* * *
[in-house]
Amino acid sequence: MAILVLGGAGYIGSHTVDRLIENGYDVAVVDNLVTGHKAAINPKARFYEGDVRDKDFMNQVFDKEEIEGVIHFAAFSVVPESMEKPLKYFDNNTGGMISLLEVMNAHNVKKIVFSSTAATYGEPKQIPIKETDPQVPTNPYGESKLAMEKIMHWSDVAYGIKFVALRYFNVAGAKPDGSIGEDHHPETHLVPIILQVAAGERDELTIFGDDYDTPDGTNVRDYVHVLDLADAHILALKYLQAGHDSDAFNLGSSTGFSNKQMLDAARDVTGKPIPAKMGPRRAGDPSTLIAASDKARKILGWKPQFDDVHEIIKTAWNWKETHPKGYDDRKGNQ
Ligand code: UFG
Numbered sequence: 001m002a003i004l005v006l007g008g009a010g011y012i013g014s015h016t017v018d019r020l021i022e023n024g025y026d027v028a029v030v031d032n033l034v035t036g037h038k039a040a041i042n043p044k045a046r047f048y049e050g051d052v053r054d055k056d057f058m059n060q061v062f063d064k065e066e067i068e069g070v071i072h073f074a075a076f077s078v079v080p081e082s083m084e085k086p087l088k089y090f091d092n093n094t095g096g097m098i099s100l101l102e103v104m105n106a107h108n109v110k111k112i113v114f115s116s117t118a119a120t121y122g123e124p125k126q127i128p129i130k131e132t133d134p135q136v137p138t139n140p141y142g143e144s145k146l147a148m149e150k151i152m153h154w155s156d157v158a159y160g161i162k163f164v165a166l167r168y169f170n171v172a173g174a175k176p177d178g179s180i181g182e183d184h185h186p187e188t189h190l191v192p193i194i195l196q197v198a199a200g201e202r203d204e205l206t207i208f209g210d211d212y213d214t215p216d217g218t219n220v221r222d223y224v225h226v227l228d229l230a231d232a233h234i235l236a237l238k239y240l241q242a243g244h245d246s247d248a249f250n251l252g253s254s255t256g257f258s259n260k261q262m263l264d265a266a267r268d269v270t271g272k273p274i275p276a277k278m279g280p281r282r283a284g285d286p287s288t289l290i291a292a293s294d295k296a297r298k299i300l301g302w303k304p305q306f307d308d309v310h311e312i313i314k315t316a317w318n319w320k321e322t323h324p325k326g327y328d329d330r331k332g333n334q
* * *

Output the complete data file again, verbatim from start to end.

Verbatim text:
[in-house]
Amino acid sequence: MAILVLGGAGYIGSHTVDRLIENGYDVAVVDNLVTGHKAAINPKARFYEGDVRDKDFMNQVFDKEEIEGVIHFAAFSVVPESMEKPLKYFDNNTGGMISLLEVMNAHNVKKIVFSSTAATYGEPKQIPIKETDPQVPTNPYGESKLAMEKIMHWSDVAYGIKFVALRYFNVAGAKPDGSIGEDHHPETHLVPIILQVAAGERDELTIFGDDYDTPDGTNVRDYVHVLDLADAHILALKYLQAGHDSDAFNLGSSTGFSNKQMLDAARDVTGKPIPAKMGPRRAGDPSTLIAASDKARKILGWKPQFDDVHEIIKTAWNWKETHPKGYDDRKGNQ
Ligand code: UFG
Numbered sequence: 001m002a003i004l005v006l007g008g009a010g011y012i013g014s015h016t017v018d019r020l021i022e023n024g025y026d027v028a029v030v031d032n033l034v035t036g037h038k039a040a041i042n043p044k045a046r047f048y049e050g051d052v053r054d055k056d057f058m059n060q061v062f063d064k065e066e067i068e069g070v071i072h073f074a075a076f077s078v079v080p081e082s083m084e085k086p087l088k089y090f091d092n093n094t095g096g097m098i099s100l101l102e103v104m105n106a107h108n109v110k111k112i113v114f115s116s117t118a119a120t121y122g123e124p125k126q127i128p129i130k131e132t133d134p135q136v137p138t139n140p141y142g143e144s145k146l147a148m149e150k151i152m153h154w155s156d157v158a159y160g161i162k163f164v165a166l167r168y169f170n171v172a173g174a175k176p177d178g179s180i181g182e183d184h185h186p187e188t189h190l191v192p193i194i195l196q197v198a199a200g201e202r203d204e205l206t207i208f209g210d211d212y213d214t215p216d217g218t219n220v221r222d223y224v225h226v227l228d229l230a231d232a233h234i235l236a237l238k239y240l241q242a243g244h245d246s247d248a249f250n251l252g253s254s255t256g257f258s259n260k261q262m263l264d265a266a267r268d269v270t271g272k273p274i275p276a277k278m279g280p281r282r283a284g285d286p287s288t289l290i291a292a293s294d295k296a297r298k299i300l301g302w303k304p305q306f307d308d309v310h311e312i313i314k315t316a317w318n319w320k321e322t323h324p325k326g327y328d329d330r331k332g333n334q